None of them, however, mentioned the chance that personal waywardness or the attraction to glamour and fast life could possibly have led them to that profession. One of the ladies who called herself Pinky informed The Nation how she got into the business at 17. She hails from the eastern part of the country and has the features of a beauty queen.
Already at such a tender age, Pinky has silently been carrying the scar of abuse in her story. She said she was introduced into the profession by her friends and she had been having sex since she was nine. Enticement with money by men far above her age played a big role in wetting her appetite for men and eroding her fears of parental reprimands. Before her parents found out and tried to rehabilitate her, ‘I was already far gone into the trade, but I never knew it would end up in full time prostitute,’ she said. Another friend, Uche, who spoke about the trade said many of the prostitutes came from diverse backgrounds, cutting across the rich and poor cadres of the society.
Many more are known to be undergraduates, even graduates of some well-known academic institutions. A particular alarming dimension that prostitution has taken is the increasing population of the girls currently adopting the trade. These days, it costs much less to have a lady. For a whole night, which is known as ’till day break’ or ‘TDB,’ you could pay as little as between N500 and N1000.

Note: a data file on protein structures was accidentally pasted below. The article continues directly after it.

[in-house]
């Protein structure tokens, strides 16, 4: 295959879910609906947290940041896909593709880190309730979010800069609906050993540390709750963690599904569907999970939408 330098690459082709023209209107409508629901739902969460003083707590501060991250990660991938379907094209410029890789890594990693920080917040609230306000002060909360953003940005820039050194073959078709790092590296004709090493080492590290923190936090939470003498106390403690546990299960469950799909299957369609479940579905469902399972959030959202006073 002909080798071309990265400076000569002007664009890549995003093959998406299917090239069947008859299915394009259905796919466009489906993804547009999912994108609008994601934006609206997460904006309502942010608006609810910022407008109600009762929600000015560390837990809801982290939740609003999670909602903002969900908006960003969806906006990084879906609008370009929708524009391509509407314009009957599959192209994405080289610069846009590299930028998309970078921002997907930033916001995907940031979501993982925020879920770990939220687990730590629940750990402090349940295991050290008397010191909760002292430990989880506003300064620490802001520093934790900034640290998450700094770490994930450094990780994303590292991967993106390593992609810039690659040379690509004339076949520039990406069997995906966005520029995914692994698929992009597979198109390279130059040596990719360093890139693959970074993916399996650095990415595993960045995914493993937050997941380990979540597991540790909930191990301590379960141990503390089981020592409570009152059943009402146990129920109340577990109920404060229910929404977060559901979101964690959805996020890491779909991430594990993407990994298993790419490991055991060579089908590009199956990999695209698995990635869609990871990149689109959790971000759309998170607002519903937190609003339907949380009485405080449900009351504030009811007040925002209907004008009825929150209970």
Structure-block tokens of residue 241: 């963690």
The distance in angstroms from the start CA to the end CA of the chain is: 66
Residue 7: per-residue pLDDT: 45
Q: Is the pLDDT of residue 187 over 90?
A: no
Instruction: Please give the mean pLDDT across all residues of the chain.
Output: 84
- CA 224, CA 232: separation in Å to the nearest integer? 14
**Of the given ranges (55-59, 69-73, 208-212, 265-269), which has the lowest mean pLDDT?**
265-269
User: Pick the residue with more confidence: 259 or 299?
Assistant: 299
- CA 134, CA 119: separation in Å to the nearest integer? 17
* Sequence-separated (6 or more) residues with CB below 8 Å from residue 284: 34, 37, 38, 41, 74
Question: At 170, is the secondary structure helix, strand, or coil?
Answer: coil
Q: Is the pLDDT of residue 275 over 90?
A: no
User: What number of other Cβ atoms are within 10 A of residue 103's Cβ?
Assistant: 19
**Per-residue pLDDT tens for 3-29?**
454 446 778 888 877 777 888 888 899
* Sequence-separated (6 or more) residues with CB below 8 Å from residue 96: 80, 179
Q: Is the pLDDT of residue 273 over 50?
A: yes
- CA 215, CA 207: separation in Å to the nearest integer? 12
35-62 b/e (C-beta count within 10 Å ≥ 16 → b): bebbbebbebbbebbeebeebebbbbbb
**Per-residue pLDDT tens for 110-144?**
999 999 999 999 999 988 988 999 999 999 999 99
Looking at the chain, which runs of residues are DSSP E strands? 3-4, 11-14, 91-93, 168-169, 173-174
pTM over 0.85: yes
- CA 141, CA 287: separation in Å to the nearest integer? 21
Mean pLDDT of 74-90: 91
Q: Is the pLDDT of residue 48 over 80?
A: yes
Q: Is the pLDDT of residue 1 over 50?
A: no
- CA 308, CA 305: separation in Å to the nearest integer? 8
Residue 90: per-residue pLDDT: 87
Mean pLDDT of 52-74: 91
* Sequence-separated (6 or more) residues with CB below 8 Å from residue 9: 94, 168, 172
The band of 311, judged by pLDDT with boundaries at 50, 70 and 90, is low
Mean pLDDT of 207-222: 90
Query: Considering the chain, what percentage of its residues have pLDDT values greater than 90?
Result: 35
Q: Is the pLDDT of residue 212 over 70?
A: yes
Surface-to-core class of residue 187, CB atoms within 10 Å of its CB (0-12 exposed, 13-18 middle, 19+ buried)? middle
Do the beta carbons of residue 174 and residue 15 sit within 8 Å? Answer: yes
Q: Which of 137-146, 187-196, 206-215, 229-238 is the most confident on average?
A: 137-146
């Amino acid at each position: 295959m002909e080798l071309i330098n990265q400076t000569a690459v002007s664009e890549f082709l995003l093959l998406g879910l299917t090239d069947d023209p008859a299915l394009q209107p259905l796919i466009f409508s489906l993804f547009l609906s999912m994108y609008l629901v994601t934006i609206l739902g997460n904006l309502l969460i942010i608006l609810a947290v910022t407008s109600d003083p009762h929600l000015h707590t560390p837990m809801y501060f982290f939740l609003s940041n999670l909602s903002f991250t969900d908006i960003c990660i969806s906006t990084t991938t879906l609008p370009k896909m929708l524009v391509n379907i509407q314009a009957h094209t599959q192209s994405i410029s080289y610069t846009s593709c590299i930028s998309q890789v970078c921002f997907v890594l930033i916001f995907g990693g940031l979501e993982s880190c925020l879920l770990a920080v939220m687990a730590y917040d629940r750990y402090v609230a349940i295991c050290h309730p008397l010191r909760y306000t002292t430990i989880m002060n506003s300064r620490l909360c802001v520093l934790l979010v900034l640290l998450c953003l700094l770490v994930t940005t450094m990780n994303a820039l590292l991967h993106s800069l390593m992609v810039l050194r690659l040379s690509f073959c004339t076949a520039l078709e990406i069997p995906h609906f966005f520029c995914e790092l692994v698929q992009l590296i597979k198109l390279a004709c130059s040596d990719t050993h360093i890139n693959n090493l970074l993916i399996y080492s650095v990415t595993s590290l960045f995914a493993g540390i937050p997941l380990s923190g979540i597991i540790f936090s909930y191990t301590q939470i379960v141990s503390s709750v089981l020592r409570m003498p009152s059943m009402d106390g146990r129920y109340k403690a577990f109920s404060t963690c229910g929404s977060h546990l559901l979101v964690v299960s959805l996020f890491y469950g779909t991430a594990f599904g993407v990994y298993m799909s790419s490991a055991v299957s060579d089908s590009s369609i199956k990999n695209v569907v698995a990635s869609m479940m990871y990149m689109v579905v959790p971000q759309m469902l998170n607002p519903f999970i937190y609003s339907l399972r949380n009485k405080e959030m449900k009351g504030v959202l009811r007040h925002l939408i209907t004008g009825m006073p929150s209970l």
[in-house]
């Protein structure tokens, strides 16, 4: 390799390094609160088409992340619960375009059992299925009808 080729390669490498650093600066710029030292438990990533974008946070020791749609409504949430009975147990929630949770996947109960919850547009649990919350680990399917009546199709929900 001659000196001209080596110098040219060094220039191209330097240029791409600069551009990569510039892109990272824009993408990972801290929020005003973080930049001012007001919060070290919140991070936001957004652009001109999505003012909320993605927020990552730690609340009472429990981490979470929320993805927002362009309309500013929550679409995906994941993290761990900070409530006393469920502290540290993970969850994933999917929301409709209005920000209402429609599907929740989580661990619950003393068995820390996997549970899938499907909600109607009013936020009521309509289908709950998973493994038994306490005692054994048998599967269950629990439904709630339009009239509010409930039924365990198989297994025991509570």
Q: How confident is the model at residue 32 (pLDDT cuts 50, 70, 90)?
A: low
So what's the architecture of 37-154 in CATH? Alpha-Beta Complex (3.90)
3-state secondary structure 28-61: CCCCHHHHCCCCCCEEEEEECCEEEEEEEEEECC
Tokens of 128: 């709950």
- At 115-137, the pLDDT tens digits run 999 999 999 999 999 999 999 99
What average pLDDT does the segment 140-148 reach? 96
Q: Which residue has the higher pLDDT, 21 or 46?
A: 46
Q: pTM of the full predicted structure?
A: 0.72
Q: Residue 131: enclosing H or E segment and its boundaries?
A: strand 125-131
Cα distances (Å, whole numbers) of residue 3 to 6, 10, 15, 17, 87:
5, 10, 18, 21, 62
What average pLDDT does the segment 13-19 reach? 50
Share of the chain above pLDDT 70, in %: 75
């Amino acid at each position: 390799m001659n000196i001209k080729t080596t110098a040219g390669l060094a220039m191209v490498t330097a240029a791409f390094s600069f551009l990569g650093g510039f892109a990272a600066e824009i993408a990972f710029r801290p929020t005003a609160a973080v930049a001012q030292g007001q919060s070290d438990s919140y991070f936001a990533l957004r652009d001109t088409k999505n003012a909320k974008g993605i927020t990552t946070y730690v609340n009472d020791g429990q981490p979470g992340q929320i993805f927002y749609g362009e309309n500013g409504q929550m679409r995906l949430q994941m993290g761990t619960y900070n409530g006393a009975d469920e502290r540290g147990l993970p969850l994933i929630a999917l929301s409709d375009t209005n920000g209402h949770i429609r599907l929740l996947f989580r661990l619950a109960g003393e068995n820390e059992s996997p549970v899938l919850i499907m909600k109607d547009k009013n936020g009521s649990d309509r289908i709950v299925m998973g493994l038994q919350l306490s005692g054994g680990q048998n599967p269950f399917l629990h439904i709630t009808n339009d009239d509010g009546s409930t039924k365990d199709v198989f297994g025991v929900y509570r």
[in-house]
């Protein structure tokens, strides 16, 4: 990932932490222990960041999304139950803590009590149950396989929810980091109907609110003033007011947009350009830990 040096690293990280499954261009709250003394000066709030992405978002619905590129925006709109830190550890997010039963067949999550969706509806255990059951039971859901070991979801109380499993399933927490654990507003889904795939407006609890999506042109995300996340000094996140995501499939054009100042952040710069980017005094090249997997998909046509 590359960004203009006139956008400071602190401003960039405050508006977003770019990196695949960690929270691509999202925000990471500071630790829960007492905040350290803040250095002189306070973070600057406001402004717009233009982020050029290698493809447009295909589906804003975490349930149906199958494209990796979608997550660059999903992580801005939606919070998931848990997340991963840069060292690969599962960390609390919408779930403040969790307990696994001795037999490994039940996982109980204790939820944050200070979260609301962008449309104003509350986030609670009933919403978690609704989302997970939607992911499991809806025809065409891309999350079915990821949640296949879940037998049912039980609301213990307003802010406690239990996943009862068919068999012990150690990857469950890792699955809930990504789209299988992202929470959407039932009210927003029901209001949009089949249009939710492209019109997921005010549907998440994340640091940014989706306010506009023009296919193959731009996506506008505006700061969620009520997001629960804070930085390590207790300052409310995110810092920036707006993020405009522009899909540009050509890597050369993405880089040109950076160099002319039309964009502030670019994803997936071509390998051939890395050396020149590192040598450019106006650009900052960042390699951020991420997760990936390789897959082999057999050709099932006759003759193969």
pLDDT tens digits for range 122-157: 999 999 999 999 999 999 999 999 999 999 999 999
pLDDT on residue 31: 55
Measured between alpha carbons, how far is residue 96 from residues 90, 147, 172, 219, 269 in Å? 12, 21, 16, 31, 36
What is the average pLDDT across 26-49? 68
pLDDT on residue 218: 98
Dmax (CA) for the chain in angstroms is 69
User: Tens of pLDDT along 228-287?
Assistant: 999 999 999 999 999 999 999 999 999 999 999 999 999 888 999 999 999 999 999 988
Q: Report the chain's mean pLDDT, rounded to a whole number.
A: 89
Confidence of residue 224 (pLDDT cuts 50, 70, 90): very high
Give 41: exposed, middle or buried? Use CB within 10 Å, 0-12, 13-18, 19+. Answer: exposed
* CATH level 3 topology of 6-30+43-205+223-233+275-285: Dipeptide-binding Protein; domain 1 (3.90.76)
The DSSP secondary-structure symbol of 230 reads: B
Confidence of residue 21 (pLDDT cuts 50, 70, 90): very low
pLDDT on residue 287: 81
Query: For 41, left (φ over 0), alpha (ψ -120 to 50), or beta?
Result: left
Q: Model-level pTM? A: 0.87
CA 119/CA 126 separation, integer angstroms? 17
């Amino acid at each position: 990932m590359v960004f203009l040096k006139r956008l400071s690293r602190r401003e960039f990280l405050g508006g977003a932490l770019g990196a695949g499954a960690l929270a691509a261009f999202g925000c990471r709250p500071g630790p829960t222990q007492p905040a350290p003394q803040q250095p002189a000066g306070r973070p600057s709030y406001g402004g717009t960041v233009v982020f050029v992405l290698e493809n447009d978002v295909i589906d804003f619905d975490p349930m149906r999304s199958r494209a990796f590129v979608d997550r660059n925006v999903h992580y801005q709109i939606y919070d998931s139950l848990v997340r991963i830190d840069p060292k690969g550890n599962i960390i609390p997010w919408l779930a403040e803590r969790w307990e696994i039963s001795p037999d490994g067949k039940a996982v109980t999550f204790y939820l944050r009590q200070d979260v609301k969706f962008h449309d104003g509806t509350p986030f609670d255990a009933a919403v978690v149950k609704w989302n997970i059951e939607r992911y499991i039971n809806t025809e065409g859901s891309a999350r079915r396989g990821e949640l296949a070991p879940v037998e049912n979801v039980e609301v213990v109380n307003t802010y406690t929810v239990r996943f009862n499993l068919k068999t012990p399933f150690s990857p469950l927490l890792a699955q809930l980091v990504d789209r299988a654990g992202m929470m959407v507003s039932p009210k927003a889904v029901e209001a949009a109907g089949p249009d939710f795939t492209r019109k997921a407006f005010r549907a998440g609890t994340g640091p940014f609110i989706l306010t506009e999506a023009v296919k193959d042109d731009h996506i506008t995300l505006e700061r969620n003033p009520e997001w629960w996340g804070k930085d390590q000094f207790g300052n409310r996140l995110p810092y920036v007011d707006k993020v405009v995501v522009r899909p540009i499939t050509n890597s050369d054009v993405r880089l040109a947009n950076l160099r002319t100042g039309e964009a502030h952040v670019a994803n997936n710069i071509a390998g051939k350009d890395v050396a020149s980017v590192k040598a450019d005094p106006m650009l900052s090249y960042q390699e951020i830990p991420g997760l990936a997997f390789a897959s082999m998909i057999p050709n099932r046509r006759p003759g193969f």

The campaign against unprotected sex and HIV / AIDS has no doubt affected the flow of business and the worst hits are the prostitutes of older age. The exploits of prostitutes and their exploitation by people are boundless. Due to poverty and neglect, many of them often end up in avoidable circumstances.
Becky, another friend, complained bitterly about her life as a prostitute. At pregnancies thrice, though she insists on the use of condoms by her clients, they usually ignore her requests. To keep going, her older friends have introduced her to various pregnancy prevention methods using highly restricted drugs.
Now, Becky is undergoing the side effects. She confessed to nursing the fear of damaging her womb as a result of the use of these drugs.
Angela, 24, who has been in the trade for over six years, said, ‘most widely held notions about prostitution and those practising it are untrue. Some of the girls you see could only have recently joined the trade to raise some money, quit and start a decent business’. Due to the situation in the society itself, the predominant notion that prostitution is a trade involving only women giving their bodies to men for sex in exchange for money has become subjective. Many believe that young men are competing with them in the business. These men are usually well dressed and often go out like their female counterparts to wait for rich, high class society ladies who come around to pick them for night outs. Majority of them end up passing the night with such women.
What is instructive is that most girls who find themselves in the indignity of prostitution are helplessly stuck, while the economy which is cited by most of the girls spoken to does not appear to be heading for improvement. Besides, the aspersions that prostitution casts on motherhood and if the problem has assumed such a dimension where men are now ready to look for fortunes from the bosoms of women twice the ages.
Wherein lies our dignity?